Mr Landers believed that there should be a provision to cater for information that needed to be safeguarded on the basis of national security. He suggested that this should include the protection of legitimate national intelligence structure sources, legitimate operational methods, doctrine, facilities and personnel of security structures, sensitive confidences in international relations, ongoing investigations of State security structures, details of criminal investigations and legitimate police and law enforcement methods, economic scientific or technological secrets vital to the Republic’s stability, security, integrity and development.
Mr Landers suggested that Chapters 6, 7, 8, 9, 10, 11, 12 and 13 must be reviewed and amended.
He noted that Clause 16 authorised the head of an organ of State to classify information. However, the ANC was concerned about the apparent ease of delegation. The ANC suggested that the delegation should be limited to a person no lower than Deputy Director General level.
Clause 22 provided for regular reviews of classified information. This should be subject to the criteria for continued classification, and the Bill must ensure clarity.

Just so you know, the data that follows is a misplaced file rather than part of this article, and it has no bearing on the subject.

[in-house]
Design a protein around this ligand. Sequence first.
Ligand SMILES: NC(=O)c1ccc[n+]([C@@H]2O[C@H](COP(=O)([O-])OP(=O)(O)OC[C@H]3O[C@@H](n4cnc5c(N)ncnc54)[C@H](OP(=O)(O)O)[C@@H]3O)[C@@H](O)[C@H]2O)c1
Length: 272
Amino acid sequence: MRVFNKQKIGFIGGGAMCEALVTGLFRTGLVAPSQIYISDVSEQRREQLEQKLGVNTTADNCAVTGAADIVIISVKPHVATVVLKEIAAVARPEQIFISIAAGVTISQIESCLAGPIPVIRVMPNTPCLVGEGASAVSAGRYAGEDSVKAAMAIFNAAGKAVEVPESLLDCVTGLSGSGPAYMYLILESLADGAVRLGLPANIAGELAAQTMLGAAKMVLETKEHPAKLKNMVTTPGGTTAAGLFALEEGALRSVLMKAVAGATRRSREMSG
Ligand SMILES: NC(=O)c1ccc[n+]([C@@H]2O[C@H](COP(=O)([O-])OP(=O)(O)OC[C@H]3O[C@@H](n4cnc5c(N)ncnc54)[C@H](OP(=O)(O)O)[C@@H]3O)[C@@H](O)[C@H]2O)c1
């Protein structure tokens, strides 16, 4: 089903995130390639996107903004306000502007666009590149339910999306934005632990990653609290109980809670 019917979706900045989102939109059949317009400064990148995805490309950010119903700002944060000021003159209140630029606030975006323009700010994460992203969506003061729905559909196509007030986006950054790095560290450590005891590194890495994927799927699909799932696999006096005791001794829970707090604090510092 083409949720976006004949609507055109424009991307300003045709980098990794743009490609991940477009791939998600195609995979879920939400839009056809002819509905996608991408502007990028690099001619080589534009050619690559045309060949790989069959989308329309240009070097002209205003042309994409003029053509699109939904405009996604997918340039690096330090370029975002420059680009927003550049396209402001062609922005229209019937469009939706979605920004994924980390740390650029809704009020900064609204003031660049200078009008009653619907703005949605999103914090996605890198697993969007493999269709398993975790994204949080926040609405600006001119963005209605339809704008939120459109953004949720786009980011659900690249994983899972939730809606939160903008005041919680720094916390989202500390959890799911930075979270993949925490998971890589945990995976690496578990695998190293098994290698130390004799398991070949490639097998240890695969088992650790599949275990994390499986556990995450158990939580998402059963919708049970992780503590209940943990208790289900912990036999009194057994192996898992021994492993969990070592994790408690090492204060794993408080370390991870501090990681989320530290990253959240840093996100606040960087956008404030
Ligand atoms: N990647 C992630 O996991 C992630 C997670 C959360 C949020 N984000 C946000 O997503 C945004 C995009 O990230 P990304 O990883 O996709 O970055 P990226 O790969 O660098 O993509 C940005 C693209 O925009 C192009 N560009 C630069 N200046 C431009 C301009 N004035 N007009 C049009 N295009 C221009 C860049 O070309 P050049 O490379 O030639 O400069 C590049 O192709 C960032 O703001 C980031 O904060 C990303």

Clause 25 provided for an appeal procedure where a request for a review was denied. Any person involved in the original classification should not be part of that procedure and that the Minister should establish mechanisms for this.
Mr Landers then noted the suggestion that this Bill should be clearly aligned with the Protected Disclosures Act, and the Companies Act. The current form of Clause 38 was inadequate and should be strengthened.
Clause 42 provided for penalties, but provided for the sentence of three years for certain offences. This was inadequate, especially when measured against penalties prescribed by Clause 43. He proposed that Clause 42 also should be amended to reflect this more even approach.
The classification process in Chapter 6 should be subjected to a two-part test, which should be set out as a means for the determination of sensitive information, followed by the determination of the classification level already provided for in the Bill
Mr Landers noted that where the replacement of the words “national security” for “national interest” had been made, the Committee may need to look again at the context, which would be done during the clause-by-clause deliberations.